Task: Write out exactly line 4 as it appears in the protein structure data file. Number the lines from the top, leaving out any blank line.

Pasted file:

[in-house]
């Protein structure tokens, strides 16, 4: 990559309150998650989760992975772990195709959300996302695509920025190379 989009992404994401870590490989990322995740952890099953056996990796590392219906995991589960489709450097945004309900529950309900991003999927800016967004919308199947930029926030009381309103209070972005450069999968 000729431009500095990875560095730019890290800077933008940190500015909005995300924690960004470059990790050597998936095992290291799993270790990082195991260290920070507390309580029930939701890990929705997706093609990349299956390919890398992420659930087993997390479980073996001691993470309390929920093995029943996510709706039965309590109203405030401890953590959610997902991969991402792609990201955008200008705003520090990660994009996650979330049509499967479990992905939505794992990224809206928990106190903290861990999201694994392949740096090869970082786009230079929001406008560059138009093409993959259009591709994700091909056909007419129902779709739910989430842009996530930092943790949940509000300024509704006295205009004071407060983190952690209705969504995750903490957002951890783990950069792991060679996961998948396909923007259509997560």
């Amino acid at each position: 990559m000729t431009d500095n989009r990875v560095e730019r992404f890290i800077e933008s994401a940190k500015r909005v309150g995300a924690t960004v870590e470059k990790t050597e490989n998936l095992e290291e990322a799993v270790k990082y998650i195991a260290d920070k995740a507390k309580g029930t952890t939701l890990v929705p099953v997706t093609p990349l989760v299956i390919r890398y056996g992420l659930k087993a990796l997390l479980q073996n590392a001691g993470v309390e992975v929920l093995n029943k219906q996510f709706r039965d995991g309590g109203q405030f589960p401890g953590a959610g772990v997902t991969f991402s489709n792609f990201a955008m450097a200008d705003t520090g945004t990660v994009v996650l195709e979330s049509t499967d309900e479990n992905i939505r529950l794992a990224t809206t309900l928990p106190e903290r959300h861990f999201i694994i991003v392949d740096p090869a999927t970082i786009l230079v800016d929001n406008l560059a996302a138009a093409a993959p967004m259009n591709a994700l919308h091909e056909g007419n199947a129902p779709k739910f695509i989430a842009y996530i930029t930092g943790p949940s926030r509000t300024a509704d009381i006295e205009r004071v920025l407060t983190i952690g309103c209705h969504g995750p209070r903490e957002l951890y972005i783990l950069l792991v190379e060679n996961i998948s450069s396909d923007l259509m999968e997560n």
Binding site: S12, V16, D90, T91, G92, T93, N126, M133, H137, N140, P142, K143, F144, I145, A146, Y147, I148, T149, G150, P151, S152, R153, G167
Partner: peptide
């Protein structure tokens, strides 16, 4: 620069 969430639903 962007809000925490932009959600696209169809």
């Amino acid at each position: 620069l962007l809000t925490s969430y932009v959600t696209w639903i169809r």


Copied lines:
Binding site: S12, V16, D90, T91, G92, T93, N126, M133, H137, N140, P142, K143, F144, I145, A146, Y147, I148, T149, G150, P151, S152, R153, G167